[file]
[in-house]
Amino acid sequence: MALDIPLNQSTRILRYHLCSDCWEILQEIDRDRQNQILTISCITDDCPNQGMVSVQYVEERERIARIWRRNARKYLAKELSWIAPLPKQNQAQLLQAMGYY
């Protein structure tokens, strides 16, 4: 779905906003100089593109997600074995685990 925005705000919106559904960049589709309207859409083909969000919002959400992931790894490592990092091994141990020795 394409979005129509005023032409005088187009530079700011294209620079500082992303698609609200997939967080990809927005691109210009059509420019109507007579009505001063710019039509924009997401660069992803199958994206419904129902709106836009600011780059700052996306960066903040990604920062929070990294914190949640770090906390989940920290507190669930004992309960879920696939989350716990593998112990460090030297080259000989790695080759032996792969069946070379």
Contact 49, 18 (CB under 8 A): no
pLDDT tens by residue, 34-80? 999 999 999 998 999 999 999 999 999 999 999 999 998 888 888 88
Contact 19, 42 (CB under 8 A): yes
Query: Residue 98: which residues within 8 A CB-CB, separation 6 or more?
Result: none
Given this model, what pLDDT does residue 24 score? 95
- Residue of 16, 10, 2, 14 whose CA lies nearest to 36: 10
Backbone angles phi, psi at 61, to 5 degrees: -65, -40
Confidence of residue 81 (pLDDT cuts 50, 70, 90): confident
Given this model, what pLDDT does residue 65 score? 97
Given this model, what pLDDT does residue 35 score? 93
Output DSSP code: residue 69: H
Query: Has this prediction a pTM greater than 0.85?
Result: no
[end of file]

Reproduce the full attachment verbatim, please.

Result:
[in-house]
Amino acid sequence: MALDIPLNQSTRILRYHLCSDCWEILQEIDRDRQNQILTISCITDDCPNQGMVSVQYVEERERIARIWRRNARKYLAKELSWIAPLPKQNQAQLLQAMGYY
């Protein structure tokens, strides 16, 4: 779905906003100089593109997600074995685990 925005705000919106559904960049589709309207859409083909969000919002959400992931790894490592990092091994141990020795 394409979005129509005023032409005088187009530079700011294209620079500082992303698609609200997939967080990809927005691109210009059509420019109507007579009505001063710019039509924009997401660069992803199958994206419904129902709106836009600011780059700052996306960066903040990604920062929070990294914190949640770090906390989940920290507190669930004992309960879920696939989350716990593998112990460090030297080259000989790695080759032996792969069946070379």
Contact 49, 18 (CB under 8 A): no
pLDDT tens by residue, 34-80? 999 999 999 998 999 999 999 999 999 999 999 999 998 888 888 88
Contact 19, 42 (CB under 8 A): yes
Query: Residue 98: which residues within 8 A CB-CB, separation 6 or more?
Result: none
Given this model, what pLDDT does residue 24 score? 95
- Residue of 16, 10, 2, 14 whose CA lies nearest to 36: 10
Backbone angles phi, psi at 61, to 5 degrees: -65, -40
Confidence of residue 81 (pLDDT cuts 50, 70, 90): confident
Given this model, what pLDDT does residue 65 score? 97
Given this model, what pLDDT does residue 35 score? 93
Output DSSP code: residue 69: H
Query: Has this prediction a pTM greater than 0.85?
Result: no